Second Life applications in public health

I was doing some research in possible applications of second life media technology, and sincerely I was struck by the potential of second life in education. Here is an advertising video on possible applications of second life in public health done by University of Michigan. According to them, "an active public health community is simulating disaster scenarios, creating interactive health games, offering people with disabilities a place for support and social networking, and providing a space for professionals to view presentations and attend international conferences". I imagine how much second life is going to be used in universities as a learning tool in diverse disciplines. The only problem is people getting disabilities for staying in front of computer too much leaving their second lives, sometimes more than their "first lives", real ones or the carbon physical world that Arturo mentions.

Monday, October 26, 2009

Shamar's IST Paper Outline

For my paper I will explore new story environments as a powerful medium of entertainment, social and political organizing and business strategy. I will give a general overview of the way in which such emerging technologies are being used and will reference specific artworks and/or advertisements which 1) call the ethical ramifications of these emerging technologies into question 2) show new possibilities for the future that could arise due to these technologies.

I will then explore how the emerging technologies could be coupled with communal face-to-face interactions so that the collective body can experience community not only in cyberspace and digitally networked environments, but also in the actual real space where bodies reside. This research will investigate how ancient techniques used for communal and individual healing/celebration can be brought into the present and re-interpreted (in these interactive story spaces) to solve modern day problems and imagine new paradigms for the future. I will explore how to create meaning and connection in such interactive story spaces and will seek to understand how this could lead to inspired actions - be they personal, political, social, etc. I will be looking at Barbara Hubbard's Syncon Process, Rah's Hip Hop Mental Health Project, and Julia Butterfly Hill's organization, What's Your Tree, in addition to referencing Barbara Ehrenreich's book, Dancing in the Streets. And last, I will be exploring the possibilities that these models present for the continued cultivation of BAM.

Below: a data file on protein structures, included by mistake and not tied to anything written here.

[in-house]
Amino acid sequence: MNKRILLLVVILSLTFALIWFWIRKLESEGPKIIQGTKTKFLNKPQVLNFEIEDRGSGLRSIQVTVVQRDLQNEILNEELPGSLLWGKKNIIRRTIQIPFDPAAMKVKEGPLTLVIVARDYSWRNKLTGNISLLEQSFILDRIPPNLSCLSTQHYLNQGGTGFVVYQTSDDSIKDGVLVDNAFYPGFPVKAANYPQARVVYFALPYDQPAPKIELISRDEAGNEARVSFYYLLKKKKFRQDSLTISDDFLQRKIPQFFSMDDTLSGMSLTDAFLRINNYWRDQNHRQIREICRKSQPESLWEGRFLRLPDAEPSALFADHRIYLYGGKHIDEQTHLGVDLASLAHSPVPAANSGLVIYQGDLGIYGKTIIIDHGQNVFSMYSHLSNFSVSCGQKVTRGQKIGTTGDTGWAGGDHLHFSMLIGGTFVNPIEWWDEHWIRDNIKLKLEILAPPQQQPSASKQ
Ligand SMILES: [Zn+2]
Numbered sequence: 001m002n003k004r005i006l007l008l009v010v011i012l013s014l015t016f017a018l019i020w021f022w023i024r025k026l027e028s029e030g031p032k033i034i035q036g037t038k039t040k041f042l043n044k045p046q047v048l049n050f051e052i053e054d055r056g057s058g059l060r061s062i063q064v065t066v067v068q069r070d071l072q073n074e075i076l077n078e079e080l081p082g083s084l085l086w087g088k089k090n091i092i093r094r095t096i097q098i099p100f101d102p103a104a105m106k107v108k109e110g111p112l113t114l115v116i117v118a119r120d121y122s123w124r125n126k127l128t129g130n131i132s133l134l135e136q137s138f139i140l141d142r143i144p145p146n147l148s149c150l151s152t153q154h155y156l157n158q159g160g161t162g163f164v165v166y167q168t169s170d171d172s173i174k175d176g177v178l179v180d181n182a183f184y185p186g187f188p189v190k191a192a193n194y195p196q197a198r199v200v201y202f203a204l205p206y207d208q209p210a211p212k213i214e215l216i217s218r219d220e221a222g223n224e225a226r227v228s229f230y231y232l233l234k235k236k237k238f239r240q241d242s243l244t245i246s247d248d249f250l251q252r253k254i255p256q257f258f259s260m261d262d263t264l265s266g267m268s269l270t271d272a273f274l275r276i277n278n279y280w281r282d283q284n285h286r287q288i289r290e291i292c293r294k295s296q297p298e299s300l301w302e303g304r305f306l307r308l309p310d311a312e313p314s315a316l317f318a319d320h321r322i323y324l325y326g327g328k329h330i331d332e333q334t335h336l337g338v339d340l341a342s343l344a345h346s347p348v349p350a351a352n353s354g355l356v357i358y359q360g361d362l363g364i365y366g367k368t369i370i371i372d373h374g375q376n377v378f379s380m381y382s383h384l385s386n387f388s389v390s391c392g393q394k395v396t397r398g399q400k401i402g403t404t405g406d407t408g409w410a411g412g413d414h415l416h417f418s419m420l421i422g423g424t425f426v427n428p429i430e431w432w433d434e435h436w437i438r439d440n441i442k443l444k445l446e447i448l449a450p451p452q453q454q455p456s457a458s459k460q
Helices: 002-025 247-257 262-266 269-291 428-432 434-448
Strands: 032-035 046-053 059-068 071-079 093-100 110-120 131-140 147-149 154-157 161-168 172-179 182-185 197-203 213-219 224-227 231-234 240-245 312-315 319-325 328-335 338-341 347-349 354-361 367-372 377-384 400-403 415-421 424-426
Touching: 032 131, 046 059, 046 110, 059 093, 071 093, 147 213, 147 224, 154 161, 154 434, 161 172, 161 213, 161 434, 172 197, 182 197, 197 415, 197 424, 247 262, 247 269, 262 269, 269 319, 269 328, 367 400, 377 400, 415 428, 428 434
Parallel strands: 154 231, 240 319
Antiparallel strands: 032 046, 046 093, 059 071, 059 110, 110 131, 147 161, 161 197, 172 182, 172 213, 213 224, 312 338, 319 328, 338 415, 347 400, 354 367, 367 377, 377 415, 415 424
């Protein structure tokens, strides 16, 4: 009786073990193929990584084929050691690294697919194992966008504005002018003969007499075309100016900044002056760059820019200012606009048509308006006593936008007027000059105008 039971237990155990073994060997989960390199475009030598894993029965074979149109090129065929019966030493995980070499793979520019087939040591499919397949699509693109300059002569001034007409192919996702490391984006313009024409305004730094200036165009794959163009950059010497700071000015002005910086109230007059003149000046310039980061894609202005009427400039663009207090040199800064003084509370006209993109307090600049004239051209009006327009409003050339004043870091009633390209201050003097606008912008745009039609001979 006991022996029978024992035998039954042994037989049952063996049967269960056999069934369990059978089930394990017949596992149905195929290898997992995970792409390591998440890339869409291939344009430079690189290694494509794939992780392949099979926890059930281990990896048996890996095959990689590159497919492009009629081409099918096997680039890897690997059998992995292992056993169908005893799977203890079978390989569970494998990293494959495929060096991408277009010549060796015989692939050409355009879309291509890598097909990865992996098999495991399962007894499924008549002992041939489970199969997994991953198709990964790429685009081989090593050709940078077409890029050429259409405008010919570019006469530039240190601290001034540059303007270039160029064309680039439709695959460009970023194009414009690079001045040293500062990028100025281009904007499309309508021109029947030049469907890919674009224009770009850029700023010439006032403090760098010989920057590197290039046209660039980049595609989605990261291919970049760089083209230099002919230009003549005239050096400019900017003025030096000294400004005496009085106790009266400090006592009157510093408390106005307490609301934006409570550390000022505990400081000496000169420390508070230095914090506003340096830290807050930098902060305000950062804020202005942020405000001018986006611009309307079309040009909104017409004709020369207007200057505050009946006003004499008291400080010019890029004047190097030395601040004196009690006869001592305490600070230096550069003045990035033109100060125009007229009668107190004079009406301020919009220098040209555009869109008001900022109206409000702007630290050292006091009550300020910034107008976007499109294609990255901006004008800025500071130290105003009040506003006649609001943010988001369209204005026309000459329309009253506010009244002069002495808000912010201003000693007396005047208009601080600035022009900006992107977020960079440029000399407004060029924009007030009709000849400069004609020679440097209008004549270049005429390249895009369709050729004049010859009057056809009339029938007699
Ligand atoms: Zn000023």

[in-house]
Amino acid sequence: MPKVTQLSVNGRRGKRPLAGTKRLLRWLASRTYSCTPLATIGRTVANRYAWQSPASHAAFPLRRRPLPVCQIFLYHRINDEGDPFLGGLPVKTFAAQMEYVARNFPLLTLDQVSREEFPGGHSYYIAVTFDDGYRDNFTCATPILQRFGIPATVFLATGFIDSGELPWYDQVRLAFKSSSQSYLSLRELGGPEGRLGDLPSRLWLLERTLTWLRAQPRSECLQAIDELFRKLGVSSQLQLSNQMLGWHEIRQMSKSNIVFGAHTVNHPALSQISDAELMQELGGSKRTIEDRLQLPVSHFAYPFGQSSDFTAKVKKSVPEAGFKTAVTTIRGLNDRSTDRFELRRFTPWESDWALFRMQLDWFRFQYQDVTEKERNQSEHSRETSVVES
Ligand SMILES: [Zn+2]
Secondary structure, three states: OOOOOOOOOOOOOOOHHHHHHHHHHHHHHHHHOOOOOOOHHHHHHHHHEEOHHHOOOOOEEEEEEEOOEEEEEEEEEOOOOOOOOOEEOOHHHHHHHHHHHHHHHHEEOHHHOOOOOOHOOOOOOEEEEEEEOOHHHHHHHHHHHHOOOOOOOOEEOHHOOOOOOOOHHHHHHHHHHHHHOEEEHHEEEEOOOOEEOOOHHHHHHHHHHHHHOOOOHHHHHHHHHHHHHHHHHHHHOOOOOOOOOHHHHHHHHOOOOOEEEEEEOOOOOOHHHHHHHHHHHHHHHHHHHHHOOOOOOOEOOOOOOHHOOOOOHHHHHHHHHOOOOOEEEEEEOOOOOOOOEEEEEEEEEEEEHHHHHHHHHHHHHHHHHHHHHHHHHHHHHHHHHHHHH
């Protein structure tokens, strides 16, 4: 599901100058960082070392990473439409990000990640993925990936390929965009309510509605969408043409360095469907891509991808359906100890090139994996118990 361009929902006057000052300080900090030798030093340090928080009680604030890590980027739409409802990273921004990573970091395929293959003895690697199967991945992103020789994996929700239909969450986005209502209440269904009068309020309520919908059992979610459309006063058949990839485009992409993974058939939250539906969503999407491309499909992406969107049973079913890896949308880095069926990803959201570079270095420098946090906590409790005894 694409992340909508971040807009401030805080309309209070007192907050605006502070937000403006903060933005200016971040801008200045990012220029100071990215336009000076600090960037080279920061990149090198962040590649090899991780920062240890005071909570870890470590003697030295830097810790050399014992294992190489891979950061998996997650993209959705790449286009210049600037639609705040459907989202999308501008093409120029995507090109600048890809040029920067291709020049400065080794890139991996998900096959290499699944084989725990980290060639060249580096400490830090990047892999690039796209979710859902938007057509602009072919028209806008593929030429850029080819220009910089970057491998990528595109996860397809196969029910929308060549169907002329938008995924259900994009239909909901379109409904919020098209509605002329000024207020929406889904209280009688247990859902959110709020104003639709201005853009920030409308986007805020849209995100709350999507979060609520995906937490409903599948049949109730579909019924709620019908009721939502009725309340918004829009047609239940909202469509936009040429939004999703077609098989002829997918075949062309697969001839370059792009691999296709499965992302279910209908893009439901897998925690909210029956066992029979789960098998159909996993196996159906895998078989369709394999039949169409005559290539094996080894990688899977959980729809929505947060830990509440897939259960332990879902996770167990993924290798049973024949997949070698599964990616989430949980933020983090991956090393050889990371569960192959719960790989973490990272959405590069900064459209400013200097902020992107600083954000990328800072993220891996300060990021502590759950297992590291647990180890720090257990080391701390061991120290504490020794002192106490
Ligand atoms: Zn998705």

Elephants Dream

I was going to post this animation when I saw

Sunday, October 25, 2009

3D modeling

I'm working on modeling a hand for the Night myth. I've been using a tutorial that I found at, tried posting the video but can't because of copyright reasons. So, if you go to the site above you can see what I'm talking about. Anyways, modeling a human hand is a challenging task. Both to create a natural-looking hand and to create one with good topology. This tutorial address both of those issues. The whole process is very tedious and time consuming. I'm unsure if this model has too many vertices and would be difficult to read in FLARtoolkit or ARbuilder. And I plan on animating the hand, so whether or not it can open on these programs without crashing is a concern. Should I make it more cartoonlike and reduce the complexity of the mesh?

I posted this tutorial so you could get an idea with what I'm working on. This tutorial is more simple and efficient than the one done in blender. However, he's using a 3D modeling program called Maya, which costs over $3,000. Still, the basic premise behind the tutorial is enlightening. There are so many methods to make a 3D model. I think it's key to use a reference and decrease the amount of vertices. A few pointers made in the tutorial were very helpful as far as detailing your model goes.
anyone has suggestions I'd appreciate you sharing them. Thanks.

Tuesday, October 20, 2009

Building An Interactive Story

For many years I have been an admirer of the great Catalan architect Antonio Gaudi, ever since making a pilgrimage to Barcelona to see his work in person- but one does not simply “see” Gaudi’s work. Walking around the cathedral he designed, La Sagrada Familia, felt more like a of game of discovery as my eyes picked out surface details among the masses of shapes. They appear like the accretions on an undersea castle. I remember noticing a life-sized fir tree amid the human and animal figures, all of which look as if they are cast from life.

The idea wrote about that Gaudi that I find most intriguing has to do with a metaphor. He said that he was interested in designing buildings so that, for the inhabitants, the space felt like the inside of a dragon. Using sculpted forms and curved walls, even his apartment buildings create an experiential shift as one moves through the twists and turns. His metaphor is underscored by the ceramic tile finials running along the ridges of the roof, and textures on the exterior walls that look like scales.